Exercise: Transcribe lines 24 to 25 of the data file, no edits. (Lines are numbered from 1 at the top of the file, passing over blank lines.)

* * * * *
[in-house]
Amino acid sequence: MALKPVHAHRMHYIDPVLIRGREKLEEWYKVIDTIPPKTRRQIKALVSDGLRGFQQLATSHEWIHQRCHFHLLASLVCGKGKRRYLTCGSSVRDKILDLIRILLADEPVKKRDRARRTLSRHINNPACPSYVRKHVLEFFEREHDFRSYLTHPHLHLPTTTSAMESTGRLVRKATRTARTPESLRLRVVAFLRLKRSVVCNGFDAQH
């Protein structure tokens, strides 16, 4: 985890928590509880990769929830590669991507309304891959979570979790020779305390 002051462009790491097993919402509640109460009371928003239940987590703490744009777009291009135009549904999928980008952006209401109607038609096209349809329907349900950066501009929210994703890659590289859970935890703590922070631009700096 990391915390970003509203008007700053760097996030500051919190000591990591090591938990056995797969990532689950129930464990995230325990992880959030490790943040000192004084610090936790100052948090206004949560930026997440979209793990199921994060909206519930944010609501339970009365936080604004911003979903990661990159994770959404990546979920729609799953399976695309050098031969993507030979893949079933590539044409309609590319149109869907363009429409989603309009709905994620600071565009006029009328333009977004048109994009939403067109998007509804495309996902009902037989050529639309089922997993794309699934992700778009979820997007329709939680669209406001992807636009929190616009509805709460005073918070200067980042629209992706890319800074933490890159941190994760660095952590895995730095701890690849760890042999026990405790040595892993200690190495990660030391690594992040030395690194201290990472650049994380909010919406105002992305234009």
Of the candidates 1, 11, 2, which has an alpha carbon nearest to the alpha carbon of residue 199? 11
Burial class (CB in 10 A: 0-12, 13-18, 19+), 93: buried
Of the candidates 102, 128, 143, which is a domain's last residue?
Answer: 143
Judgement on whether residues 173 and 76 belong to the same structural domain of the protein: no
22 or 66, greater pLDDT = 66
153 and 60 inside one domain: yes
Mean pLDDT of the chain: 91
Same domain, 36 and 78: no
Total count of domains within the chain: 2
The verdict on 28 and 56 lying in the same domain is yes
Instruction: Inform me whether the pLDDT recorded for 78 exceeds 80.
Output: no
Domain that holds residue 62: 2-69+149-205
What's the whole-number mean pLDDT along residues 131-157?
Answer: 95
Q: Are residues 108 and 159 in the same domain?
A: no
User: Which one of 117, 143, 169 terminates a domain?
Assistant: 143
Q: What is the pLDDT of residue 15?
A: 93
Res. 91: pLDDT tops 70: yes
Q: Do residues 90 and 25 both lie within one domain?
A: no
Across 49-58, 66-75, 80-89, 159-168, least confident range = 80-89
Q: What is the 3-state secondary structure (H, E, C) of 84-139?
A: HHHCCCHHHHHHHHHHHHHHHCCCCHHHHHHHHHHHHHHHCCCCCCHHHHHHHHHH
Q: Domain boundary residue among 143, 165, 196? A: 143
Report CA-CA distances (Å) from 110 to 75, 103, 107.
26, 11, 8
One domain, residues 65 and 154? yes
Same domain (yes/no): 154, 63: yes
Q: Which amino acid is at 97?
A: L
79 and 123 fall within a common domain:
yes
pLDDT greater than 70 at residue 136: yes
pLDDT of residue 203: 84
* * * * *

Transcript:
Q: What is the pLDDT of residue 15?
A: 93